A Song of Ascents. Of Solomon.
Unless the LORD builds the house, those who build it labor in vain.
Unless the LORD watches over the city, the watchman stays awake in vain.
It is in vain that you rise up early and go late to rest, eating the bread of anxious toil; for he gives to his beloved sleep.
Behold, children are a heritage from the LORD, the fruit of the womb a reward.
Like arrows in the hand of a warrior are the children of one’s youth.
Blessed is the man who fills his quiver with them!
He shall not be put to shame when he speaks with his enemies in the gate. Psalm 127:1-5 ESV
This Psalm is at the center of the 15 Psalms of Ascent (Psalms 120-134) sung by Jewish pilgrims making their way up to Jerusalem’s heights to celebrate one of the three main harvest festivals of Israel. It is the only Psalm of Ascent written by Solomon.
The phrase “builds the house” raises common images of either a physical, residential structure or of a flourishing, extended family. The hearts of the early pilgrims also might have anticipated an experience similar to the one that occurred in Solomon’s Temple just after it was finished:
And when the priests came out of the Holy Place, a cloud filled the house of the LORD, so that the priests could not stand to minister because of the cloud, for the glory of the LORD filled the house of the LORD. I Kings 8:10-11 ESV
Note the words and phrases: “Unless the LORD”, “he gives”, “a reward”, “Blessed” and “He shall not be put to shame” – they highlight the sovereignty and protection of God over his people and his generosity to them. I imagine sizable, extended families of pilgrims pausing to dance and shout as they sang this psalm in anticipation of their arrival in the Holy City to worship at the House of the Lord.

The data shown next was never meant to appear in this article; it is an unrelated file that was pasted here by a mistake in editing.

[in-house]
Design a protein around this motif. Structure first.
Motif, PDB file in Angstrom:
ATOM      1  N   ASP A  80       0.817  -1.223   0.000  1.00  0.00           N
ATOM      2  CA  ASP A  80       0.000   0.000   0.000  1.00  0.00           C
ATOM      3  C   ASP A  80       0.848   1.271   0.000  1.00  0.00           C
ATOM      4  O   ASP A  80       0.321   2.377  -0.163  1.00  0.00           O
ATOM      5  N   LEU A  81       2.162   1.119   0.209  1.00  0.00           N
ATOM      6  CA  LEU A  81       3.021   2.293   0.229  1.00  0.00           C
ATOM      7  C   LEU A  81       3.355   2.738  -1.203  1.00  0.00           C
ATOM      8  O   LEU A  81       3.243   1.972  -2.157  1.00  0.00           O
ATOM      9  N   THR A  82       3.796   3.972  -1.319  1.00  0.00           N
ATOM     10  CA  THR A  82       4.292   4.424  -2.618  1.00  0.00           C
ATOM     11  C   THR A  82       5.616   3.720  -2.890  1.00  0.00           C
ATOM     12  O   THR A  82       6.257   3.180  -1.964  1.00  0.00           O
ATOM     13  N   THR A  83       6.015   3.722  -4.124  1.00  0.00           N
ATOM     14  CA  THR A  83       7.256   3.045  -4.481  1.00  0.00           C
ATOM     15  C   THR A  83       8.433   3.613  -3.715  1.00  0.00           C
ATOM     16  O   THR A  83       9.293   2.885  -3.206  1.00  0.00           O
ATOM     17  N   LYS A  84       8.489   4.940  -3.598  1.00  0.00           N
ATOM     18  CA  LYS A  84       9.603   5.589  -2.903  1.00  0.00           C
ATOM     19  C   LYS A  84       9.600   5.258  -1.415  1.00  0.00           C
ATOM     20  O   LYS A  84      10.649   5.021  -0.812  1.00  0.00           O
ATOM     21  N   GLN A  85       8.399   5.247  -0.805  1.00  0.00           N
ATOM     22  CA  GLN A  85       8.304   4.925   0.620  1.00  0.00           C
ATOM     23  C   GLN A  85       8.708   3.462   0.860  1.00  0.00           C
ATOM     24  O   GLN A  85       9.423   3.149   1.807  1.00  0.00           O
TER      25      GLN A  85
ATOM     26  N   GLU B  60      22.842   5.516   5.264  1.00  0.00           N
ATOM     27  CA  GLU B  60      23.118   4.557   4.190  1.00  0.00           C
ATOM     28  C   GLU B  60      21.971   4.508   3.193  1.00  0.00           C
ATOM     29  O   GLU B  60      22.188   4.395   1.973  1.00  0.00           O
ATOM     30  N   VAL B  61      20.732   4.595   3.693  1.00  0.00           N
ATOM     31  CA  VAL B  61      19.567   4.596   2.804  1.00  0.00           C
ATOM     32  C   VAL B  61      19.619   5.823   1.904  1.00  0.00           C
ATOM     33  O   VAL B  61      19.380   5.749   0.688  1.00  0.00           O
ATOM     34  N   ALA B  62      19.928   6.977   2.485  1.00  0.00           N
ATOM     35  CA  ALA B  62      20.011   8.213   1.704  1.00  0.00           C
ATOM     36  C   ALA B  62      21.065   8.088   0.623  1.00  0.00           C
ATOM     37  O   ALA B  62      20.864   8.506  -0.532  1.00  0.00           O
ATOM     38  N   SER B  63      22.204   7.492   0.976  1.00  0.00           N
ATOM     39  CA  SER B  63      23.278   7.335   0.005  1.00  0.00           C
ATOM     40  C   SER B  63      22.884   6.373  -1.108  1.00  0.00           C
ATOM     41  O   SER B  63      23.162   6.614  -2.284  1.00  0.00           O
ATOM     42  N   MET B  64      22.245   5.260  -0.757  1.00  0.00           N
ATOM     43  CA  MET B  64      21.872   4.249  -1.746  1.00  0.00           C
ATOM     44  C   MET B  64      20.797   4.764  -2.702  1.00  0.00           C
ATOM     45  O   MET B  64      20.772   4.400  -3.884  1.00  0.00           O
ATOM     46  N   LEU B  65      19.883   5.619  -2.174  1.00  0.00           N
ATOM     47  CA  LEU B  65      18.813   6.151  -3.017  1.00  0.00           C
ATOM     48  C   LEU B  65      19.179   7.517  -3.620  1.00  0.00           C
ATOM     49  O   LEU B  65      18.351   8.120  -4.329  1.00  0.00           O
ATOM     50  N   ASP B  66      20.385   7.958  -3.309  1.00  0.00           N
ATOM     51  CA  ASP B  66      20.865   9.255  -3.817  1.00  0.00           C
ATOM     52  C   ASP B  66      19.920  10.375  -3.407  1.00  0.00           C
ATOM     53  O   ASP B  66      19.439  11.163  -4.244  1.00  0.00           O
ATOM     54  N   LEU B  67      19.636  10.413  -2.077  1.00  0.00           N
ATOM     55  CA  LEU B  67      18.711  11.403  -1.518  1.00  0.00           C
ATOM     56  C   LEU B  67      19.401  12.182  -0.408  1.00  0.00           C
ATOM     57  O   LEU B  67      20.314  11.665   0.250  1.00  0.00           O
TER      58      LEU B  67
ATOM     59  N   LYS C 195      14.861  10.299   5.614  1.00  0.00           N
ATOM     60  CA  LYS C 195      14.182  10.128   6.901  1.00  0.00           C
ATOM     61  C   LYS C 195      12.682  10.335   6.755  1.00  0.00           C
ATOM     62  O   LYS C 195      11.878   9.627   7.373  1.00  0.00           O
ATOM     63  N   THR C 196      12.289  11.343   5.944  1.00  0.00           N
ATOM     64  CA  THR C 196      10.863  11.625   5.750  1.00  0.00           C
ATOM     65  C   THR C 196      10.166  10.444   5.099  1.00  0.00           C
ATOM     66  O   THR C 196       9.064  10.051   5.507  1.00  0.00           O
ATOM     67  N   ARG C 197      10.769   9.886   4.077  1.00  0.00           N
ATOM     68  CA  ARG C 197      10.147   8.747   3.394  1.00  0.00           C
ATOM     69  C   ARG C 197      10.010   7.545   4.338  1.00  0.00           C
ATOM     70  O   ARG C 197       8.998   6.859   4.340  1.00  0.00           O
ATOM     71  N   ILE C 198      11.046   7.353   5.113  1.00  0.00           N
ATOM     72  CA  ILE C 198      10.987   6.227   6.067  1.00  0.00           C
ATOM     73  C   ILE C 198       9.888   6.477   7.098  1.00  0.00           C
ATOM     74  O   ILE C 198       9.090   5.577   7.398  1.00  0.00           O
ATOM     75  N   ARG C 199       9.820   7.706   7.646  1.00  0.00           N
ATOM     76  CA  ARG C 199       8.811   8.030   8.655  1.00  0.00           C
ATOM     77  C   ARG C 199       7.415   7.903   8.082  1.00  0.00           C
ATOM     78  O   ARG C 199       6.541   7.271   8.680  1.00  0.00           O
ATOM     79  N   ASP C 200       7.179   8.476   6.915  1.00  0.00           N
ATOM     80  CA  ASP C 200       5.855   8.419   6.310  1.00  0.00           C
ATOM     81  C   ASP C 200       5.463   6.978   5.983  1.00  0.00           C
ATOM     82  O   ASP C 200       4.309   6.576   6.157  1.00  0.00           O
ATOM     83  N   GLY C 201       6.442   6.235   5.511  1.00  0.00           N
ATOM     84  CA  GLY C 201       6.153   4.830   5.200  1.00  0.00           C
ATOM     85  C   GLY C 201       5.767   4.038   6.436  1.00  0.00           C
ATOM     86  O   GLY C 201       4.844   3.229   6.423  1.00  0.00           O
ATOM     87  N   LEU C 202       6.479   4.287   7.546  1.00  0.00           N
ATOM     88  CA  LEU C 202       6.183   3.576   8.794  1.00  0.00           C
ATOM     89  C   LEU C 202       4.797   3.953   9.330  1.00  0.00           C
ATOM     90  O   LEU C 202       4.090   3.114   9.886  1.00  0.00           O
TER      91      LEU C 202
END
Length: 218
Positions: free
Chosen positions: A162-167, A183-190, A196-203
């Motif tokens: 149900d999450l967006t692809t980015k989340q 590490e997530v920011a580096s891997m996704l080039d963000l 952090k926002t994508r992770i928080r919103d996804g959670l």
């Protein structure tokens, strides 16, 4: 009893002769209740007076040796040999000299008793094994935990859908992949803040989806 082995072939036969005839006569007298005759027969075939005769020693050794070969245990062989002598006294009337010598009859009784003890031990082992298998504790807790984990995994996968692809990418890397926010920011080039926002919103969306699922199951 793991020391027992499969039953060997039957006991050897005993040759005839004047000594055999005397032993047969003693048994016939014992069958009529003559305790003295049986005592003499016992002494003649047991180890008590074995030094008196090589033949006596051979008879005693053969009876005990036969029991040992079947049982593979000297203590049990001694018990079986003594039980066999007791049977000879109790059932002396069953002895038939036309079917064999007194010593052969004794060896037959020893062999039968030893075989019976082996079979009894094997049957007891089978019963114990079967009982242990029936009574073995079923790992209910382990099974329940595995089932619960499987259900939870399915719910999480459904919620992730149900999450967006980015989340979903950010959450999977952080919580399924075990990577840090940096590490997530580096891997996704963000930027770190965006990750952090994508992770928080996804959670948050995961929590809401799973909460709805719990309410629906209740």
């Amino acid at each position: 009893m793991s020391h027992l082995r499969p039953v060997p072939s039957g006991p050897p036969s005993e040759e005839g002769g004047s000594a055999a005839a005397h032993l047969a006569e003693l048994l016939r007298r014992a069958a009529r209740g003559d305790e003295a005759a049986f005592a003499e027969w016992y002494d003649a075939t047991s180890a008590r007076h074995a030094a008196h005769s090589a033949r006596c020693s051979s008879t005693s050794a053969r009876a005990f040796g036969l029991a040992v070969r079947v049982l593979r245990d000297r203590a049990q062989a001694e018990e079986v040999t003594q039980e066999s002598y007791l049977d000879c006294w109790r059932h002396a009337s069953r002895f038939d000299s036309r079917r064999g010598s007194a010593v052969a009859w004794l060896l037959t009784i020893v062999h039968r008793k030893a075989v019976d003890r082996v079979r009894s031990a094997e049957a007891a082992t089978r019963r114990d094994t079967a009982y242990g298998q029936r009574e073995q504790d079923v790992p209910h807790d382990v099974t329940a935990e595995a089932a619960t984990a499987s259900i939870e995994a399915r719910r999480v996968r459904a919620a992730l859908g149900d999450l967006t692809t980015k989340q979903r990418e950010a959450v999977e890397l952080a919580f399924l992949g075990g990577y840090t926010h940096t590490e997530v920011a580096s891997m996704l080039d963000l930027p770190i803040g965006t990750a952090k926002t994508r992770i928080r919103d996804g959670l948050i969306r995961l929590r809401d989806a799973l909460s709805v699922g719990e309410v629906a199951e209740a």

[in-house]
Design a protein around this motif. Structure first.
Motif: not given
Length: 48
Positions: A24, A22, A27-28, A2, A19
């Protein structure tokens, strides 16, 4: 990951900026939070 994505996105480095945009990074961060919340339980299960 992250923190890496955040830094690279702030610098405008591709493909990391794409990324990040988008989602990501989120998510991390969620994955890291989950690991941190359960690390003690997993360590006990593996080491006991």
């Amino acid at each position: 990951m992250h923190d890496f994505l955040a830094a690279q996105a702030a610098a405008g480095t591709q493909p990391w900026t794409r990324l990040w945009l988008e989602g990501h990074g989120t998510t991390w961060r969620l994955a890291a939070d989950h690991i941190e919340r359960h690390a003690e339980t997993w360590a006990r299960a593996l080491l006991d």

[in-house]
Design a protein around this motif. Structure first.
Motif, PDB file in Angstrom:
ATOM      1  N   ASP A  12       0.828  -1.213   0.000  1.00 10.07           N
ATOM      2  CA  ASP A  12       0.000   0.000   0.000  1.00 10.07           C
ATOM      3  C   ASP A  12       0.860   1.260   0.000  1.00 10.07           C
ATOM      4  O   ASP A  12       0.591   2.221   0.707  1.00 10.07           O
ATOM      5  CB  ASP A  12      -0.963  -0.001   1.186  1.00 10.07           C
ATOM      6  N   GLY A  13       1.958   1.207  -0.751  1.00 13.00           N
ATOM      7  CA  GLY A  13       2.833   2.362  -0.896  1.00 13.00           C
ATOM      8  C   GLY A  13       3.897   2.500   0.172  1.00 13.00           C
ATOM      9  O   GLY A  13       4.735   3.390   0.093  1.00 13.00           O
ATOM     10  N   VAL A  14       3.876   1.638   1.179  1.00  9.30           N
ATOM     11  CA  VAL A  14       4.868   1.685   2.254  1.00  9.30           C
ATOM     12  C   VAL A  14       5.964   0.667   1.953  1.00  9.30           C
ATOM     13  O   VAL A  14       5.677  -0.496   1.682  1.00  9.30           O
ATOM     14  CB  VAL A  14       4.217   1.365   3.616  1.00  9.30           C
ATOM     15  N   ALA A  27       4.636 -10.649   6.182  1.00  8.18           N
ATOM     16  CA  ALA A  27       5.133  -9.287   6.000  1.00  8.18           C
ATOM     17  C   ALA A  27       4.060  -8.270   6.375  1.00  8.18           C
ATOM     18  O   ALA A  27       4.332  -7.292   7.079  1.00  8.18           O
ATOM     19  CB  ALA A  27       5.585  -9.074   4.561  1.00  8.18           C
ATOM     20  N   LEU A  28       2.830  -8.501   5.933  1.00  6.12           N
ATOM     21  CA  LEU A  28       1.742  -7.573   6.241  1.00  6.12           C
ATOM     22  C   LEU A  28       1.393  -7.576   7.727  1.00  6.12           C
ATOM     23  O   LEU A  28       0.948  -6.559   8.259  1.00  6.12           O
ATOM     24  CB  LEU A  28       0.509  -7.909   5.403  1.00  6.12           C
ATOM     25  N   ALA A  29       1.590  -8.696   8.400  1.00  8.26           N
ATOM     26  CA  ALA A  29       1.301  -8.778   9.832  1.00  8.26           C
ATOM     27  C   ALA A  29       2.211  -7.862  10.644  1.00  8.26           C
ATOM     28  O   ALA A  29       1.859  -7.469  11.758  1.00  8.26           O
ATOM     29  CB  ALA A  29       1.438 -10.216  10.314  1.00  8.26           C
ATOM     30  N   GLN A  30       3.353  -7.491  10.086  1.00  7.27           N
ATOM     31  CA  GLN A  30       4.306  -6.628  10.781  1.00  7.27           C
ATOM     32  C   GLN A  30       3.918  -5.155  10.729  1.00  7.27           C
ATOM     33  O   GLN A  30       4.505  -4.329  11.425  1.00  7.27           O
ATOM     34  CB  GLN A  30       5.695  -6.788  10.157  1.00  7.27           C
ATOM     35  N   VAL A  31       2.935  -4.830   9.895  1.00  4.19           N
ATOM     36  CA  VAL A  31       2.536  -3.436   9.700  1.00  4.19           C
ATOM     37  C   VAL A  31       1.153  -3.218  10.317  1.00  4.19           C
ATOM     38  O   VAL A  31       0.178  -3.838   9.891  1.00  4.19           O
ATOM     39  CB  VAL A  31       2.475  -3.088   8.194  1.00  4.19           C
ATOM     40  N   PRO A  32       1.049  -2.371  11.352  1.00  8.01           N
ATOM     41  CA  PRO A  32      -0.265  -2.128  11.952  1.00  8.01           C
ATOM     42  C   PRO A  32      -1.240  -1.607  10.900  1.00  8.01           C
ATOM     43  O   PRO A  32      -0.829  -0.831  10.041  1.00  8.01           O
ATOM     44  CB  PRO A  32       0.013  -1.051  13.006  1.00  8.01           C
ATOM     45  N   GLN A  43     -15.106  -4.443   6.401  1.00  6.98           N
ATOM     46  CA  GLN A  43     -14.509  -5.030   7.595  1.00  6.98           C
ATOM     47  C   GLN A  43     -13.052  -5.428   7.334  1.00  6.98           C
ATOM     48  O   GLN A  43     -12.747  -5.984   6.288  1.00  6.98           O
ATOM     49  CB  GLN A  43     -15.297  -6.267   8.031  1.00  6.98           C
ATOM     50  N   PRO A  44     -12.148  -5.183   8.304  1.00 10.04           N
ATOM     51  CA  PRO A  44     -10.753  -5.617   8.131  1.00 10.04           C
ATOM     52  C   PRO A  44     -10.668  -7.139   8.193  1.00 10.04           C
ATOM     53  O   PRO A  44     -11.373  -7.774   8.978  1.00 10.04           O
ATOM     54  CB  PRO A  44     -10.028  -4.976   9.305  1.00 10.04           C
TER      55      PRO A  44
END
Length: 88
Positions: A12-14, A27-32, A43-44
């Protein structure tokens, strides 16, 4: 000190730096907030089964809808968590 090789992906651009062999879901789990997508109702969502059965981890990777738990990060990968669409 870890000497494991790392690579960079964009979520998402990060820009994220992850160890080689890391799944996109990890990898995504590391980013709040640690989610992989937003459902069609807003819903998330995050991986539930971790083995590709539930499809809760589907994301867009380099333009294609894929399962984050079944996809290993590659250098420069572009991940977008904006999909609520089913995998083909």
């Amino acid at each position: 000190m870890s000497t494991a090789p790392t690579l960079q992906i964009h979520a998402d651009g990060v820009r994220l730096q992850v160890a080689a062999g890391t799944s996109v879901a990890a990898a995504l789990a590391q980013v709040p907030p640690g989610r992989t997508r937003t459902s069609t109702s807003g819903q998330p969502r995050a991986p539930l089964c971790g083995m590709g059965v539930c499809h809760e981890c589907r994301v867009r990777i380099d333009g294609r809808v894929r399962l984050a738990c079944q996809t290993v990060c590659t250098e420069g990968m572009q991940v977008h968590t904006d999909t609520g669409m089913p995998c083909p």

But it’s also likely a few of them experienced moments of reflection and sobriety as the words “in vain” and “anxious toil” reminded them of failures to trust the adequate provision of their majestic God.
Psalm 127 reminds us that we are not the sole architects of our spiritual walk, nor can we generate strength to bring that walk to fruition. His indwelling Spirit is ever alert to guide and empower us to carry out his earthly assignments and bring us to our longed for destination — his glorious, unrestrained presence.
As you listen to Psalm 127 set to music, give God the vulnerability and failures you’ve experienced in projects and relationships as well as your struggles to build a desirable spiritual life. Dance, or just raise your hands, as you anticipate his guidance and power in your circumstances.
Do not fret because of evil men or be envious of those who do wrong; for like the grass they will soon wither, like green plants they will soon die away. Trust in the LORD and do good; dwell in the land and enjoy safe pasture. Delight yourself in the LORD and he will give you the desires of your heart. Psalm 37:1-4 NIV
Psalm 37 was written by David and has been a favorite of mine since I was a teenager. It instructs us in Godly wisdom similarly to Psalm 1, 34, 73, 91, and 119. I see two dominant themes in this Psalm. The first one is the contrast between the righteous and the wicked. Another theme is — commands given to us by God describing Godly living and the promises of how God will respond if we obey His commands.
One way to see these themes clearly would be to make some charts. Put “the wicked” on one side and “the righteous” on the other. Then go through each verse and add words or phrases on each side of the chart to compare and contrast them. Did you notice that the wicked plot and scheme, default on debts, use raw power to gain advantage, and seem to flourish? But did you notice the ultimate end of the wicked?